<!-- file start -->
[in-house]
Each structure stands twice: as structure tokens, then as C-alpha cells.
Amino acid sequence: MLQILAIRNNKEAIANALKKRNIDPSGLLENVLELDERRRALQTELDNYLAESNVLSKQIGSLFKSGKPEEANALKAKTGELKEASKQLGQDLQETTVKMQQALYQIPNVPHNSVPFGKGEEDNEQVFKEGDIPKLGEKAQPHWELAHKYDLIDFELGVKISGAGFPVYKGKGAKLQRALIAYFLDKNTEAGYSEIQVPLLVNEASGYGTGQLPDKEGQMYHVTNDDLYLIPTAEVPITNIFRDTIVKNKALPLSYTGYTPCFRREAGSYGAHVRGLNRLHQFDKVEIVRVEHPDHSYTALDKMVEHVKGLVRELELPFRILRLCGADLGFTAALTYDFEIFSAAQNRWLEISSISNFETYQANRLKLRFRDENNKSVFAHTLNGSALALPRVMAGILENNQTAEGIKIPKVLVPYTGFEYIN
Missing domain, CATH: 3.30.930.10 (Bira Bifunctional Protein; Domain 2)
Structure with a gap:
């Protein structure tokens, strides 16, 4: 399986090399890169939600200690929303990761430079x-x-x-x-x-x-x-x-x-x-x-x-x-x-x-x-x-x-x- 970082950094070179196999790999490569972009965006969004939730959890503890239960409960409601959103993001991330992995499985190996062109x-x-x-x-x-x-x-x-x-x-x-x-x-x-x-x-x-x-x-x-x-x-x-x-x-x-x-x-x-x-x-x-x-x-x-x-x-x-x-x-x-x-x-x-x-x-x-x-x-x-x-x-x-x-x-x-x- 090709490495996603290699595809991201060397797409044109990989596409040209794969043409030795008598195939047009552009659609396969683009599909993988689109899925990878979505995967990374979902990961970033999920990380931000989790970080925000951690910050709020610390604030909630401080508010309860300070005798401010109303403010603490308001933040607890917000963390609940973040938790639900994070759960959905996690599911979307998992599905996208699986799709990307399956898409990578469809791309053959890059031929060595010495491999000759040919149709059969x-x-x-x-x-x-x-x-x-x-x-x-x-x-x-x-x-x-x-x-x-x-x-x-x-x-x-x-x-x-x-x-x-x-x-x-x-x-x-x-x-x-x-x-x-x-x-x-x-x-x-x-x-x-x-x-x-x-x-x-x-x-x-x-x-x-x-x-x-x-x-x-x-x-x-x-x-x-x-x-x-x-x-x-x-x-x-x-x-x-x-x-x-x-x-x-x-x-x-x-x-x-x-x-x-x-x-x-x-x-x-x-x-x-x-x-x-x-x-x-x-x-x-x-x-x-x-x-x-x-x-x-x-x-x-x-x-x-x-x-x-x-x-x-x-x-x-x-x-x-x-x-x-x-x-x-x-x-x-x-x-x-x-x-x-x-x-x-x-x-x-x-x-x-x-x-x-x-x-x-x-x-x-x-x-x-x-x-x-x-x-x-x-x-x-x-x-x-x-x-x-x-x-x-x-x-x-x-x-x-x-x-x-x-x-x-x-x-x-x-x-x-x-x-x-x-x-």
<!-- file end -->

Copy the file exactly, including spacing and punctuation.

[in-house]
Each structure stands twice: as structure tokens, then as C-alpha cells.
Amino acid sequence: MLQILAIRNNKEAIANALKKRNIDPSGLLENVLELDERRRALQTELDNYLAESNVLSKQIGSLFKSGKPEEANALKAKTGELKEASKQLGQDLQETTVKMQQALYQIPNVPHNSVPFGKGEEDNEQVFKEGDIPKLGEKAQPHWELAHKYDLIDFELGVKISGAGFPVYKGKGAKLQRALIAYFLDKNTEAGYSEIQVPLLVNEASGYGTGQLPDKEGQMYHVTNDDLYLIPTAEVPITNIFRDTIVKNKALPLSYTGYTPCFRREAGSYGAHVRGLNRLHQFDKVEIVRVEHPDHSYTALDKMVEHVKGLVRELELPFRILRLCGADLGFTAALTYDFEIFSAAQNRWLEISSISNFETYQANRLKLRFRDENNKSVFAHTLNGSALALPRVMAGILENNQTAEGIKIPKVLVPYTGFEYIN
Missing domain, CATH: 3.30.930.10 (Bira Bifunctional Protein; Domain 2)
Structure with a gap:
């Protein structure tokens, strides 16, 4: 399986090399890169939600200690929303990761430079x-x-x-x-x-x-x-x-x-x-x-x-x-x-x-x-x-x-x- 970082950094070179196999790999490569972009965006969004939730959890503890239960409960409601959103993001991330992995499985190996062109x-x-x-x-x-x-x-x-x-x-x-x-x-x-x-x-x-x-x-x-x-x-x-x-x-x-x-x-x-x-x-x-x-x-x-x-x-x-x-x-x-x-x-x-x-x-x-x-x-x-x-x-x-x-x-x-x- 090709490495996603290699595809991201060397797409044109990989596409040209794969043409030795008598195939047009552009659609396969683009599909993988689109899925990878979505995967990374979902990961970033999920990380931000989790970080925000951690910050709020610390604030909630401080508010309860300070005798401010109303403010603490308001933040607890917000963390609940973040938790639900994070759960959905996690599911979307998992599905996208699986799709990307399956898409990578469809791309053959890059031929060595010495491999000759040919149709059969x-x-x-x-x-x-x-x-x-x-x-x-x-x-x-x-x-x-x-x-x-x-x-x-x-x-x-x-x-x-x-x-x-x-x-x-x-x-x-x-x-x-x-x-x-x-x-x-x-x-x-x-x-x-x-x-x-x-x-x-x-x-x-x-x-x-x-x-x-x-x-x-x-x-x-x-x-x-x-x-x-x-x-x-x-x-x-x-x-x-x-x-x-x-x-x-x-x-x-x-x-x-x-x-x-x-x-x-x-x-x-x-x-x-x-x-x-x-x-x-x-x-x-x-x-x-x-x-x-x-x-x-x-x-x-x-x-x-x-x-x-x-x-x-x-x-x-x-x-x-x-x-x-x-x-x-x-x-x-x-x-x-x-x-x-x-x-x-x-x-x-x-x-x-x-x-x-x-x-x-x-x-x-x-x-x-x-x-x-x-x-x-x-x-x-x-x-x-x-x-x-x-x-x-x-x-x-x-x-x-x-x-x-x-x-x-x-x-x-x-x-x-x-x-x-x-x-």